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I have these strings:

  • First Type:

    arXiv:1234.56789
    arXiv:1234.56789v1
    
  • Second type:

    hep-th/123456789
    hep-th.AB/12345689
    hep-th/123456789v1
    hep-th.AB/12345689
    

Belong to the second type even strings with no "-" in their names, such as math/123456789 or CoRR/123456789.

I have to do some "search and replace" on all these strings, so I would like to define a variable ARXIV that matches all of these strings. So, I have defined:

;; arXiv:1234.56789vK
(setq ARXIV-A "arXiv:\\([0-9]+\\)\\.\\([0-9]+\\)\\(v[0-9]+\\)?")

;; hep-th/1234567vK
;; math.XX/1234567vK
(setq ARXIV-NA "\\(astro-ph\\|cond-mat\\|gr-qc\\|hep-ex\\|hep-lat\\|hep-ph\\|hep-th\\|math-ph\\|nlin\\|nucl-ex\\|nucl-th\\|physics\\|quant-ph\\|math\\|CoRR\\|q-bio\\|q-fin\\|stat\\|eess\\|econ\\)\\(\\.[A-Z]+\\)?/\\([0-9]+\\)\\(v[0-9]+\\)?")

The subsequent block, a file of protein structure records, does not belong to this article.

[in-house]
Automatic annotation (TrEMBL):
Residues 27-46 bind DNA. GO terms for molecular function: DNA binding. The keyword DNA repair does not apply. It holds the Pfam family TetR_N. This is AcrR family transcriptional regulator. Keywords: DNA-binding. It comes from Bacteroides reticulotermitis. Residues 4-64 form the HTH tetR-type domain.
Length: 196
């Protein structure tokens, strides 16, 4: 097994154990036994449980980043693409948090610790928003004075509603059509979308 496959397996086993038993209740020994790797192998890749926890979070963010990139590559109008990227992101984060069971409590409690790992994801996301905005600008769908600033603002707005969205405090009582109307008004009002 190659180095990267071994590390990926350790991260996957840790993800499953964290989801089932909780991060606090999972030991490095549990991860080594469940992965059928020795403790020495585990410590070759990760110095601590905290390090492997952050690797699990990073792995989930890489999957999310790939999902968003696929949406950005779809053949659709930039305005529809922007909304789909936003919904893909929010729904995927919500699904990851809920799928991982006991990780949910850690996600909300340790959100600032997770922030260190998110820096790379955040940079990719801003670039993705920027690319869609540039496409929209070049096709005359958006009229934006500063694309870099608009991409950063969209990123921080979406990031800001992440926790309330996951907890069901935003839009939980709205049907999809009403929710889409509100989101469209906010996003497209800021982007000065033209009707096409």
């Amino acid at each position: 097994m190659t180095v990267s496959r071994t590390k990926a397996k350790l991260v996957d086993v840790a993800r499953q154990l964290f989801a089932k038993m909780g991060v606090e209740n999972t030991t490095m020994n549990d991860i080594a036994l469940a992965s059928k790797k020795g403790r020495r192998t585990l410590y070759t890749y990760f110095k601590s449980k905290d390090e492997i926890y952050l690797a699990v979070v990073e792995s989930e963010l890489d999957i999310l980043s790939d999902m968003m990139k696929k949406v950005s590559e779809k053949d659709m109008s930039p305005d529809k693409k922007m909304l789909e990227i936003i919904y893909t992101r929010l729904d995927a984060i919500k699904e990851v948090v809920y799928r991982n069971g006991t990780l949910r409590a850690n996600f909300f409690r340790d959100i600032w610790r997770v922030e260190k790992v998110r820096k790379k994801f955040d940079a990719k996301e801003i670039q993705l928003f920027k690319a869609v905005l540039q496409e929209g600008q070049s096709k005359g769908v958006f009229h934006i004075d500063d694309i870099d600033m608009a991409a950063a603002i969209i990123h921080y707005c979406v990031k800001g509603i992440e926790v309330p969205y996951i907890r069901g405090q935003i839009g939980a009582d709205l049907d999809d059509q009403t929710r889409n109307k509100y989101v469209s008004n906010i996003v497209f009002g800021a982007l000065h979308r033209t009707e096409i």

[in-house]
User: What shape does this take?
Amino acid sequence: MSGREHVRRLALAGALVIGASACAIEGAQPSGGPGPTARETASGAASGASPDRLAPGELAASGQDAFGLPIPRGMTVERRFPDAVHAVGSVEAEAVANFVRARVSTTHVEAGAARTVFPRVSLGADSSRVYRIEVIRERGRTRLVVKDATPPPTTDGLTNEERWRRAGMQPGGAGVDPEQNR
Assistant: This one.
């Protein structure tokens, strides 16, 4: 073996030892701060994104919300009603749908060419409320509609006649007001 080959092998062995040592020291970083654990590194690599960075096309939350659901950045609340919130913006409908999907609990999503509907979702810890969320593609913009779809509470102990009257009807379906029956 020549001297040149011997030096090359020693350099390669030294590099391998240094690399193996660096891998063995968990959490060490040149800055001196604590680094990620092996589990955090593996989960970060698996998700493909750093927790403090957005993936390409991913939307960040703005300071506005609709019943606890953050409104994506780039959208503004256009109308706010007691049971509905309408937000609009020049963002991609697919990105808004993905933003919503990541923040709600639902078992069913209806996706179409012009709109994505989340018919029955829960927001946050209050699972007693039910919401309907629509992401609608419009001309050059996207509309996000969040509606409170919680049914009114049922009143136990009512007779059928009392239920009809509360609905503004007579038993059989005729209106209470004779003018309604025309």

(setq ARXIV (concat "\\("
                    ARXIV-A
                    "\\|"
                    ARXIV-NA
                    "\\)"))

Test

---------- Buffer: foo ----------
-!-[arXiv:1234.56789]
[arXiv:1234.56789v1]
[hep-th/123456]
[hep-th.QA/123456]
[quant-ph.QA/123456]
[hep-th/123456v12]
---------- Buffer: foo ----------

(perform-replace (concat "\\(\\[\\)?"   
                          ARXIV
                          "\\(\\]\\)?")
                 "\\1 BEG \\2 END \\3" t t nil 1 nil (point-min) (point-max))

---------- Buffer: foo ----------
[ BEG arXiv:1234.56789 END 1234
[ BEG arXiv:1234.56789 END 1234
[ BEG arXiv:1234.56789v1 END 1234
[ BEG hep-th/123456 END 
[ BEG hep-th.QA/123456 END 
[ BEG quant-ph.QA/123456 END